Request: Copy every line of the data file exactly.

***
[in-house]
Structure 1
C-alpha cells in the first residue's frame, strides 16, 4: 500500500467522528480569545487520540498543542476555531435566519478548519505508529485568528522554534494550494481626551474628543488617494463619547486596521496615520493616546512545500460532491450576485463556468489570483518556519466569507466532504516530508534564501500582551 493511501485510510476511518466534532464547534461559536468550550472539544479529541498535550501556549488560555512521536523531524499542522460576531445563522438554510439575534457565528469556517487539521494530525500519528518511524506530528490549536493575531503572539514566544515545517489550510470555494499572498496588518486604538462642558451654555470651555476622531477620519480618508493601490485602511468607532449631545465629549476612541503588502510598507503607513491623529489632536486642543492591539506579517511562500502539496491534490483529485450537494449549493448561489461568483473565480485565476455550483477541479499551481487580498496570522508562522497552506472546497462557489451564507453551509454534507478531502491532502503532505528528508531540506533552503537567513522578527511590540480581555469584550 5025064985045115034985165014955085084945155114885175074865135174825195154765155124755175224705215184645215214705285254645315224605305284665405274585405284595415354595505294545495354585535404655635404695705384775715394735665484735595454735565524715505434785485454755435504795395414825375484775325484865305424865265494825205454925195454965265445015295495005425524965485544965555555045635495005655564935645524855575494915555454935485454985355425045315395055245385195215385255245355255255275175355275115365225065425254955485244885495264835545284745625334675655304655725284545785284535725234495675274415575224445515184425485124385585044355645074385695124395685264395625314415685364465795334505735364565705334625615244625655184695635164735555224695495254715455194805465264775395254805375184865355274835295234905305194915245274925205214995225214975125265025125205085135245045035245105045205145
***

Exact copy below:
[in-house]
Structure 1
C-alpha cells in the first residue's frame, strides 16, 4: 500500500467522528480569545487520540498543542476555531435566519478548519505508529485568528522554534494550494481626551474628543488617494463619547486596521496615520493616546512545500460532491450576485463556468489570483518556519466569507466532504516530508534564501500582551 493511501485510510476511518466534532464547534461559536468550550472539544479529541498535550501556549488560555512521536523531524499542522460576531445563522438554510439575534457565528469556517487539521494530525500519528518511524506530528490549536493575531503572539514566544515545517489550510470555494499572498496588518486604538462642558451654555470651555476622531477620519480618508493601490485602511468607532449631545465629549476612541503588502510598507503607513491623529489632536486642543492591539506579517511562500502539496491534490483529485450537494449549493448561489461568483473565480485565476455550483477541479499551481487580498496570522508562522497552506472546497462557489451564507453551509454534507478531502491532502503532505528528508531540506533552503537567513522578527511590540480581555469584550 5025064985045115034985165014955085084945155114885175074865135174825195154765155124755175224705215184645215214705285254645315224605305284665405274585405284595415354595505294545495354585535404655635404695705384775715394735665484735595454735565524715505434785485454755435504795395414825375484775325484865305424865265494825205454925195454965265445015295495005425524965485544965555555045635495005655564935645524855575494915555454935485454985355425045315395055245385195215385255245355255255275175355275115365225065425254955485244885495264835545284745625334675655304655725284545785284535725234495675274415575224445515184425485124385585044355645074385695124395685264395625314415685364465795334505735364565705334625615244625655184695635164735555224695495254715455194805465264775395254805375184865355274835295234905305194915245274925205214995225214975125265025125205085135245045035245105045205145